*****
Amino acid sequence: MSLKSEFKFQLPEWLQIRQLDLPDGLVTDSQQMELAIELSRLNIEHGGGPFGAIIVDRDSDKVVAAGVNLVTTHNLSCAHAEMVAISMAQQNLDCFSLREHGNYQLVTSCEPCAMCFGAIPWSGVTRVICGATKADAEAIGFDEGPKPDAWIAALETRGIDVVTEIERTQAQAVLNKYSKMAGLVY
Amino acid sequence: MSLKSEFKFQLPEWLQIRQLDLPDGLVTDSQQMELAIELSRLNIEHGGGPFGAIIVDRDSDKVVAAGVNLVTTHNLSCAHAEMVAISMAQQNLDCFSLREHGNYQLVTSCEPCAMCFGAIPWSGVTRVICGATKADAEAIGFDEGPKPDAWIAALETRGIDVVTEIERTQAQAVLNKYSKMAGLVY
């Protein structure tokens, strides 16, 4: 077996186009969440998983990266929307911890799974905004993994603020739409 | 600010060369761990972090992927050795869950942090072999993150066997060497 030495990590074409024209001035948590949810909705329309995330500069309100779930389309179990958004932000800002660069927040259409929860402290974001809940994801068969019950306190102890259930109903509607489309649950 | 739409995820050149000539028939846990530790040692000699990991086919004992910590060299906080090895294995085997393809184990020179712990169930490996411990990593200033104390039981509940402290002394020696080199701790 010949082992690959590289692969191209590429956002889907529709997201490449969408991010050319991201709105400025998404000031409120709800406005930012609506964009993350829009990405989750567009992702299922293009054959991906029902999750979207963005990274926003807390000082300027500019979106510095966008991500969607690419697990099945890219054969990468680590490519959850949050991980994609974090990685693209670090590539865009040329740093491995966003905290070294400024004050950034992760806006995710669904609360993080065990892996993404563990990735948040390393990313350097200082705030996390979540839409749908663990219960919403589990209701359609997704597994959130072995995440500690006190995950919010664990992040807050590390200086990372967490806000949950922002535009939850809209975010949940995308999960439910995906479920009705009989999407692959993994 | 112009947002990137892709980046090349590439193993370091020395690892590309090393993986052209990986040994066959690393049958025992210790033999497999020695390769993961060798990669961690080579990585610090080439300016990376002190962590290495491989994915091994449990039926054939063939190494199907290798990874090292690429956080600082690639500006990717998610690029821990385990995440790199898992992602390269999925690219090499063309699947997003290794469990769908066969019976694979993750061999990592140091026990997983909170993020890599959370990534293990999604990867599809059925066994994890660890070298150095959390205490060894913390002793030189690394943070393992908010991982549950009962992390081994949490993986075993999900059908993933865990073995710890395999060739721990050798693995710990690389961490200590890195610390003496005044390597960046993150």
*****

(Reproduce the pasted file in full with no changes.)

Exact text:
Amino acid sequence: MSLKSEFKFQLPEWLQIRQLDLPDGLVTDSQQMELAIELSRLNIEHGGGPFGAIIVDRDSDKVVAAGVNLVTTHNLSCAHAEMVAISMAQQNLDCFSLREHGNYQLVTSCEPCAMCFGAIPWSGVTRVICGATKADAEAIGFDEGPKPDAWIAALETRGIDVVTEIERTQAQAVLNKYSKMAGLVY
Amino acid sequence: MSLKSEFKFQLPEWLQIRQLDLPDGLVTDSQQMELAIELSRLNIEHGGGPFGAIIVDRDSDKVVAAGVNLVTTHNLSCAHAEMVAISMAQQNLDCFSLREHGNYQLVTSCEPCAMCFGAIPWSGVTRVICGATKADAEAIGFDEGPKPDAWIAALETRGIDVVTEIERTQAQAVLNKYSKMAGLVY
């Protein structure tokens, strides 16, 4: 077996186009969440998983990266929307911890799974905004993994603020739409 | 600010060369761990972090992927050795869950942090072999993150066997060497 030495990590074409024209001035948590949810909705329309995330500069309100779930389309179990958004932000800002660069927040259409929860402290974001809940994801068969019950306190102890259930109903509607489309649950 | 739409995820050149000539028939846990530790040692000699990991086919004992910590060299906080090895294995085997393809184990020179712990169930490996411990990593200033104390039981509940402290002394020696080199701790 010949082992690959590289692969191209590429956002889907529709997201490449969408991010050319991201709105400025998404000031409120709800406005930012609506964009993350829009990405989750567009992702299922293009054959991906029902999750979207963005990274926003807390000082300027500019979106510095966008991500969607690419697990099945890219054969990468680590490519959850949050991980994609974090990685693209670090590539865009040329740093491995966003905290070294400024004050950034992760806006995710669904609360993080065990892996993404563990990735948040390393990313350097200082705030996390979540839409749908663990219960919403589990209701359609997704597994959130072995995440500690006190995950919010664990992040807050590390200086990372967490806000949950922002535009939850809209975010949940995308999960439910995906479920009705009989999407692959993994 | 112009947002990137892709980046090349590439193993370091020395690892590309090393993986052209990986040994066959690393049958025992210790033999497999020695390769993961060798990669961690080579990585610090080439300016990376002190962590290495491989994915091994449990039926054939063939190494199907290798990874090292690429956080600082690639500006990717998610690029821990385990995440790199898992992602390269999925690219090499063309699947997003290794469990769908066969019976694979993750061999990592140091026990997983909170993020890599959370990534293990999604990867599809059925066994994890660890070298150095959390205490060894913390002793030189690394943070393992908010991982549950009962992390081994949490993986075993999900059908993933865990073995710890395999060739721990050798693995710990690389961490200590890195610390003496005044390597960046993150």